Amazon Alexa will be able to mimic the voices of deceased loved ones

The company announced Wednesday at its annual re: MARS conference, which focuses on AI innovation, that it is working on an update to its Alexa system that would allow the technology to mimic any voice, even a deceased family member.

In a video shown on stage, Amazon (AMZN) showed how, instead of Alexa’s signature voice reading a story to a little boy, it was her grandmother’s voice.

Rohit Prasad, senior vice president of Amazon, said the upgraded system will be able to gather enough voice data from under a minute of audio to make such customization possible, rather than spending hours in a recording studio like you do. in the past. Prasad didn’t elaborate on when this feature might be launched. Amazon declined to comment on a timeline.

The concept comes from Amazon looking for new ways to add more “human attributes” to AI, especially “in these times of ongoing pandemic, when so many of us have lost someone we love,” Prasad said. “While AI can’t eliminate the pain of loss, it can definitely make their memories last.”

Amazon has long used recognizable voices, such as the real voices of Samuel L. Jackson, Melissa McCarthy, and Shaquille O’Neal, to give Alexa a voice. But AI reproductions of people’s voices have also gotten better and better in recent years, particularly with the use of AI and deepfake technology. For example, three lines in Anthony Bourdain’s documentary “Roadrunner” were generated by artificial intelligence, even though they appeared to have been spoken by the deceased media personality. (This particular case caused a stir because it was not made clear in the film that the dialogue was generated by artificial intelligence and had not been approved by Bourdain’s estate.) “We could have a documentary ethics panel on that,” director Morgan Neville told The New Yorker when the film premiered last year.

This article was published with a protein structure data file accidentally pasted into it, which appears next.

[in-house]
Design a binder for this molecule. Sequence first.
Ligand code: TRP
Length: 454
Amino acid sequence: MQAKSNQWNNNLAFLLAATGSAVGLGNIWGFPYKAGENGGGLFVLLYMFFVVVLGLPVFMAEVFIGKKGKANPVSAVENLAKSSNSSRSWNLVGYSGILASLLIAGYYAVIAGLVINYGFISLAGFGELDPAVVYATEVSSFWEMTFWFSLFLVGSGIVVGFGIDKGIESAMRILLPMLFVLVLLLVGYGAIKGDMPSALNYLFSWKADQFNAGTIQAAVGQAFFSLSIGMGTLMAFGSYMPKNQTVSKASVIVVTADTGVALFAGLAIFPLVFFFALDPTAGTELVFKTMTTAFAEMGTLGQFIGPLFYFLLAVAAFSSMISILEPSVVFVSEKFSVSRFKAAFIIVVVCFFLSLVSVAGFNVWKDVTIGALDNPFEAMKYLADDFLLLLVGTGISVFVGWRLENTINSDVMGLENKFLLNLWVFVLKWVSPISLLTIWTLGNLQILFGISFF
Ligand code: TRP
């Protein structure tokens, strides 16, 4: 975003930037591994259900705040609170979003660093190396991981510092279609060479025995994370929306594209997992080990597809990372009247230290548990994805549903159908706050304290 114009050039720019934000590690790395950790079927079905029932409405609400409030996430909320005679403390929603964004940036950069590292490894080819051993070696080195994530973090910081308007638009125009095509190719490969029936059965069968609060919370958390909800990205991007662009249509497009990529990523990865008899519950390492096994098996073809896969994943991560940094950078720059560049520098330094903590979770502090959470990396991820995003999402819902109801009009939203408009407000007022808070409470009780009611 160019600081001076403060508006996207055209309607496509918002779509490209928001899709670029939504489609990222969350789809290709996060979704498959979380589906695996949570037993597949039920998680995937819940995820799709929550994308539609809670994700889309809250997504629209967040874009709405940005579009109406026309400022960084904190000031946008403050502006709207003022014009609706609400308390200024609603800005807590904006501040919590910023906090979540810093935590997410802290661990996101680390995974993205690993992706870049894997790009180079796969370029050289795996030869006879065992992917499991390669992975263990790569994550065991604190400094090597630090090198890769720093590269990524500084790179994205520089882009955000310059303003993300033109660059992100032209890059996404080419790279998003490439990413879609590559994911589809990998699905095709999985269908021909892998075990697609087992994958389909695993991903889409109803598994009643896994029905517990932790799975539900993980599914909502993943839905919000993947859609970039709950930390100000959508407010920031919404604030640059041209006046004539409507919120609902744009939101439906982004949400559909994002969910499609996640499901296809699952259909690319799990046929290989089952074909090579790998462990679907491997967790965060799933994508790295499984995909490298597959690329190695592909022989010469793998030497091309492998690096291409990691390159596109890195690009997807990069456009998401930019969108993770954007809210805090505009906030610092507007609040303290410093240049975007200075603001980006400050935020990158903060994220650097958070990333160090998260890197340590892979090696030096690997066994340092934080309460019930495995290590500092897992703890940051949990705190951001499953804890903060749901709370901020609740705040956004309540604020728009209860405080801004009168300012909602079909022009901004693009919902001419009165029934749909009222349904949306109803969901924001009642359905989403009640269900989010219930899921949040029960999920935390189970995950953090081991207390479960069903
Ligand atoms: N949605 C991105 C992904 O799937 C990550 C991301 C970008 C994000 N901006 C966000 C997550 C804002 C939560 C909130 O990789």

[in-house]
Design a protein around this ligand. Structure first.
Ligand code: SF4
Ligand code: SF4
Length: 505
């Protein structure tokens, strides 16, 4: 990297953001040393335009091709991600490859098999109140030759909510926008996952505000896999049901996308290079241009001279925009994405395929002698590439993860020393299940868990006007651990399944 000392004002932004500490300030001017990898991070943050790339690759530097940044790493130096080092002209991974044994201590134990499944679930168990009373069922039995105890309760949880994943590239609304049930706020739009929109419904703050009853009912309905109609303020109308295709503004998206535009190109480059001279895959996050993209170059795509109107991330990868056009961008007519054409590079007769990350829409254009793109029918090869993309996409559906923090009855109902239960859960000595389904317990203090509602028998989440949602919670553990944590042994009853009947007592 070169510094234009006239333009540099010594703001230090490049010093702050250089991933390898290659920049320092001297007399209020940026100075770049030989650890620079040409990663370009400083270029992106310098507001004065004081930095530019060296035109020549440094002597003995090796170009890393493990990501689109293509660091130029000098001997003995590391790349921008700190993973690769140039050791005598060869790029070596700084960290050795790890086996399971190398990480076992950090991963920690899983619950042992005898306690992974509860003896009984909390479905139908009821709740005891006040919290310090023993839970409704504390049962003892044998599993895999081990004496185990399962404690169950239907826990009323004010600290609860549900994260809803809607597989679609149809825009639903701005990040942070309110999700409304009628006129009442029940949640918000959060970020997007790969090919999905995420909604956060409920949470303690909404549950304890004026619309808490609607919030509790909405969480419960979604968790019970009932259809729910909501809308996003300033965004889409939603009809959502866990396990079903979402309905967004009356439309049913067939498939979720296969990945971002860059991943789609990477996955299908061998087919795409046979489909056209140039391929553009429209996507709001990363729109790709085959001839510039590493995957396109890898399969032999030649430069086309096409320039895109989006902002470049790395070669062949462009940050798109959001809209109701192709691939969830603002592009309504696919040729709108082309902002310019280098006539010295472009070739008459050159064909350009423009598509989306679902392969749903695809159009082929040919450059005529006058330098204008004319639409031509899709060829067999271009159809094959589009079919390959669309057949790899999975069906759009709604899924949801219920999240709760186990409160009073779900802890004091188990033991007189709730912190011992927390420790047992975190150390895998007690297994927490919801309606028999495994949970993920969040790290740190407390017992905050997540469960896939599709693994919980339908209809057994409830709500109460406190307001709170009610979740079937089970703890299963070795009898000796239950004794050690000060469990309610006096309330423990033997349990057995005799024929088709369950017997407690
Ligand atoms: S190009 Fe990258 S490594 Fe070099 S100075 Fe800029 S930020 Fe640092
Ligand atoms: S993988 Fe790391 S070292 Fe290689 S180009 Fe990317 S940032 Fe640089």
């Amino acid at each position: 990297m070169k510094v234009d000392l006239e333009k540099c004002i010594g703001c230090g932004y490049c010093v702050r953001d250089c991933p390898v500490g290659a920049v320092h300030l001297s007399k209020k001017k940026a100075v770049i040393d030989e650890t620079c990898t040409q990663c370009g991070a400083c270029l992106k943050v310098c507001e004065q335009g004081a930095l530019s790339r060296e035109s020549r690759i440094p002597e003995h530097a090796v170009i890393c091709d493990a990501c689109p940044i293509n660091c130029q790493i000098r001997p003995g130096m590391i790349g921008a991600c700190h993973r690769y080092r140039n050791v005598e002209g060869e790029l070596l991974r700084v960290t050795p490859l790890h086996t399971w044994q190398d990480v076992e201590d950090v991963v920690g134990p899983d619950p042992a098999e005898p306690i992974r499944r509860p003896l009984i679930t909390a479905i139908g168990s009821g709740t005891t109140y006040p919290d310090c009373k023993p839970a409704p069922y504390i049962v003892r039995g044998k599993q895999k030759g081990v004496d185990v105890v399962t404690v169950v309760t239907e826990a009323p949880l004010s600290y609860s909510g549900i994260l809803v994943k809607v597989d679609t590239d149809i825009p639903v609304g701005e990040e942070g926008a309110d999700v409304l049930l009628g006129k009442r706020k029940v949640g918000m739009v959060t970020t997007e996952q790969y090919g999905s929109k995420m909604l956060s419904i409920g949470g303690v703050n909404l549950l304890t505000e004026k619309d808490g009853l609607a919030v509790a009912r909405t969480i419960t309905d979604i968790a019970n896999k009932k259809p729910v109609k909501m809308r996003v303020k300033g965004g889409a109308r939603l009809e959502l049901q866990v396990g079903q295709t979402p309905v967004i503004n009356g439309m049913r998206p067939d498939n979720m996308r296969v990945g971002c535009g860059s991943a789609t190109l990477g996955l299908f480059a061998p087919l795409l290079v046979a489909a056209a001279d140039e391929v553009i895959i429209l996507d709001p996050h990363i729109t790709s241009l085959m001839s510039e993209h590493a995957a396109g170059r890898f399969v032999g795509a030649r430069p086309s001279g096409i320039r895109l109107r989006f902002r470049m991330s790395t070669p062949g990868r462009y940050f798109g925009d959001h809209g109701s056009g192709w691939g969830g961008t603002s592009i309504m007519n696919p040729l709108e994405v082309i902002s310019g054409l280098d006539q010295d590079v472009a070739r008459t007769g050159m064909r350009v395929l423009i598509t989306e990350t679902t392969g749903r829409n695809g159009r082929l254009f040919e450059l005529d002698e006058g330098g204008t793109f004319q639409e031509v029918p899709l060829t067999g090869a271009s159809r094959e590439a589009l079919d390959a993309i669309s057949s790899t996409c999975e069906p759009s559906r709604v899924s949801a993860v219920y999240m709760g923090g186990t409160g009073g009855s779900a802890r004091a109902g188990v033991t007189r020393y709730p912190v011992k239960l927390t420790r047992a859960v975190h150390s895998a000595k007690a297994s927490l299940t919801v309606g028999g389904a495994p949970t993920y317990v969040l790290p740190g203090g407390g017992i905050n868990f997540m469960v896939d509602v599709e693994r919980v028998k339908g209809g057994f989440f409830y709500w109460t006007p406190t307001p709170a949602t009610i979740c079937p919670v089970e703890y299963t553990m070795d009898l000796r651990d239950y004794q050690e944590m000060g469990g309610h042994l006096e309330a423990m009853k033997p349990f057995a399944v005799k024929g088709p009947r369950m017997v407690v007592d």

More recently, actor Val Kilmer, who lost his voice due to throat cancer, partnered with startup Sonantic to create an AI-based talking voice for him in the new film “Top Gun: Maverick”. The company used Kilmer’s archival audio footage to teach an algorithm how to speak like the actor, according to Variety.

Adam Wright, senior analyst at IDC Research, said he sees the value in Amazon’s effort.

“I think Amazon is interested in doing this because they have the capabilities and the technology and they are always looking for ways to elevate the smart assistant and smart home experience,” said Wright. “Whether you drive a deeper connection with Alexa or just become a skill some people dabble with from time to time remains to be seen.”

Amazon’s foray into Alexa’s custom voices may struggle more with the mysterious valley effect: recreating a voice that is so similar to that of a loved one but isn’t quite correct, leading to rejection of real humans.

“There are certainly some risks, as if the voice and resulting AI interactions don’t match up well with loved ones’ memories of that individual,” said Micheal Inouye of ABI Research. “For some, they will find it disturbing or even terrifying, but for others it may be seen in a deeper way, such as the example set by allowing a child to hear the voice of grandparents, perhaps for the first time and in a certain way. . is not a rigid record of the past. “

He believes, however, that the different reactions to announcements like this speak of how society will have to adjust to the promise of innovations and their eventual reality in the years to come.

“We will definitely see more of these types of experiments and trials – and at least until we have a higher level of comfort or these things become more mainstream, there will still be a wide range of responses,” he said.


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